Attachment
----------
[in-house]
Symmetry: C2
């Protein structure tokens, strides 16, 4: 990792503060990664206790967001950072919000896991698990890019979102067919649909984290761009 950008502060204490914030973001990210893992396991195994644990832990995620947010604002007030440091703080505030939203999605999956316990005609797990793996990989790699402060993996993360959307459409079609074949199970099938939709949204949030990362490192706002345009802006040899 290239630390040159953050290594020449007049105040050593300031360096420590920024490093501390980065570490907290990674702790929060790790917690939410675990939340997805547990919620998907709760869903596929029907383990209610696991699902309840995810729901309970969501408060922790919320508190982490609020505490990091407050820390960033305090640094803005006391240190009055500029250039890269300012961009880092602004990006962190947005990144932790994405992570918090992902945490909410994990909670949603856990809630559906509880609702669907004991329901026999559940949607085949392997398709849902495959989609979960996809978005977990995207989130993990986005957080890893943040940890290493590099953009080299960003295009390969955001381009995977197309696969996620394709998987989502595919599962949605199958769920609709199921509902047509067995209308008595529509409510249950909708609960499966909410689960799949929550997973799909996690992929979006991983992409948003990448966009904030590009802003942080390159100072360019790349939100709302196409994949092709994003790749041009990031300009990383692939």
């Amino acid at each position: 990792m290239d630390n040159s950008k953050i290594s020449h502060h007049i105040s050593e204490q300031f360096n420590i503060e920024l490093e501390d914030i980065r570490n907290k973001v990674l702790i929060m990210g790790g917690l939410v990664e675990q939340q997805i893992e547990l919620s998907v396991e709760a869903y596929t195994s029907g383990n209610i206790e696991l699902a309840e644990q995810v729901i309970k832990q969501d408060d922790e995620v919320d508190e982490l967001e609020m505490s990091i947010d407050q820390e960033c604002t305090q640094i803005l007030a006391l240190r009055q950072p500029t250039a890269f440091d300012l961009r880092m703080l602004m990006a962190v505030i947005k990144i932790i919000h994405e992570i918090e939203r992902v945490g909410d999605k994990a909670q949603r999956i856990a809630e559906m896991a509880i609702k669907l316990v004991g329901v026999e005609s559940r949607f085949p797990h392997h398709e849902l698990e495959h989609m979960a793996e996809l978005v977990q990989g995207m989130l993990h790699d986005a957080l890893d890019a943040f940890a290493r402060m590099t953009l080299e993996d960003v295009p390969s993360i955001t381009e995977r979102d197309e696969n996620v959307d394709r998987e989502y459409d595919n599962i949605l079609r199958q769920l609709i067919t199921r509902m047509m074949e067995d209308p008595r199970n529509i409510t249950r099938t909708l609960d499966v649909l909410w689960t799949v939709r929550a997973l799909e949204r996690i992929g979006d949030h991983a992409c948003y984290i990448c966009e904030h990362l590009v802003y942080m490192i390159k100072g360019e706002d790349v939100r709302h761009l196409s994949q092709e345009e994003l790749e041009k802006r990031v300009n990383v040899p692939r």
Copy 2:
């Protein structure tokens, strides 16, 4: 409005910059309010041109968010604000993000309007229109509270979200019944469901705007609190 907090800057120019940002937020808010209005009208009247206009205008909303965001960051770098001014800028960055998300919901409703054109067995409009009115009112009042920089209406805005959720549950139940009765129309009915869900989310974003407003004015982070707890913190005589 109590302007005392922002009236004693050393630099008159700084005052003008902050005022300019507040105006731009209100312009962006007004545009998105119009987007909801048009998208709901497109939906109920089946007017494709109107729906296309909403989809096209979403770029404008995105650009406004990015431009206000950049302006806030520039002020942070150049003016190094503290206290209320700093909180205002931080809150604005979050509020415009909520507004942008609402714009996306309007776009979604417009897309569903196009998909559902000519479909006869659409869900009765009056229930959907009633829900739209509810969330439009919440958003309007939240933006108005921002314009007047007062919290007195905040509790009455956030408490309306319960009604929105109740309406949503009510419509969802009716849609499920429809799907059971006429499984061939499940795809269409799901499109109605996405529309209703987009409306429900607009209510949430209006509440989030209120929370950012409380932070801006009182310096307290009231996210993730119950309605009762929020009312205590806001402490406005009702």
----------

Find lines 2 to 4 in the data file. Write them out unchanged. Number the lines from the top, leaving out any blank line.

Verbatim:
Symmetry: C2
């Protein structure tokens, strides 16, 4: 990792503060990664206790967001950072919000896991698990890019979102067919649909984290761009 950008502060204490914030973001990210893992396991195994644990832990995620947010604002007030440091703080505030939203999605999956316990005609797990793996990989790699402060993996993360959307459409079609074949199970099938939709949204949030990362490192706002345009802006040899 290239630390040159953050290594020449007049105040050593300031360096420590920024490093501390980065570490907290990674702790929060790790917690939410675990939340997805547990919620998907709760869903596929029907383990209610696991699902309840995810729901309970969501408060922790919320508190982490609020505490990091407050820390960033305090640094803005006391240190009055500029250039890269300012961009880092602004990006962190947005990144932790994405992570918090992902945490909410994990909670949603856990809630559906509880609702669907004991329901026999559940949607085949392997398709849902495959989609979960996809978005977990995207989130993990986005957080890893943040940890290493590099953009080299960003295009390969955001381009995977197309696969996620394709998987989502595919599962949605199958769920609709199921509902047509067995209308008595529509409510249950909708609960499966909410689960799949929550997973799909996690992929979006991983992409948003990448966009904030590009802003942080390159100072360019790349939100709302196409994949092709994003790749041009990031300009990383692939």
């Amino acid at each position: 990792m290239d630390n040159s950008k953050i290594s020449h502060h007049i105040s050593e204490q300031f360096n420590i503060e920024l490093e501390d914030i980065r570490n907290k973001v990674l702790i929060m990210g790790g917690l939410v990664e675990q939340q997805i893992e547990l919620s998907v396991e709760a869903y596929t195994s029907g383990n209610i206790e696991l699902a309840e644990q995810v729901i309970k832990q969501d408060d922790e995620v919320d508190e982490l967001e609020m505490s990091i947010d407050q820390e960033c604002t305090q640094i803005l007030a006391l240190r009055q950072p500029t250039a890269f440091d300012l961009r880092m703080l602004m990006a962190v505030i947005k990144i932790i919000h994405e992570i918090e939203r992902v945490g909410d999605k994990a909670q949603r999956i856990a809630e559906m896991a509880i609702k669907l316990v004991g329901v026999e005609s559940r949607f085949p797990h392997h398709e849902l698990e495959h989609m979960a793996e996809l978005v977990q990989g995207m989130l993990h790699d986005a957080l890893d890019a943040f940890a290493r402060m590099t953009l080299e993996d960003v295009p390969s993360i955001t381009e995977r979102d197309e696969n996620v959307d394709r998987e989502y459409d595919n599962i949605l079609r199958q769920l609709i067919t199921r509902m047509m074949e067995d209308p008595r199970n529509i409510t249950r099938t909708l609960d499966v649909l909410w689960t799949v939709r929550a997973l799909e949204r996690i992929g979006d949030h991983a992409c948003y984290i990448c966009e904030h990362l590009v802003y942080m490192i390159k100072g360019e706002d790349v939100r709302h761009l196409s994949q092709e345009e994003l790749e041009k802006r990031v300009n990383v040899p692939r």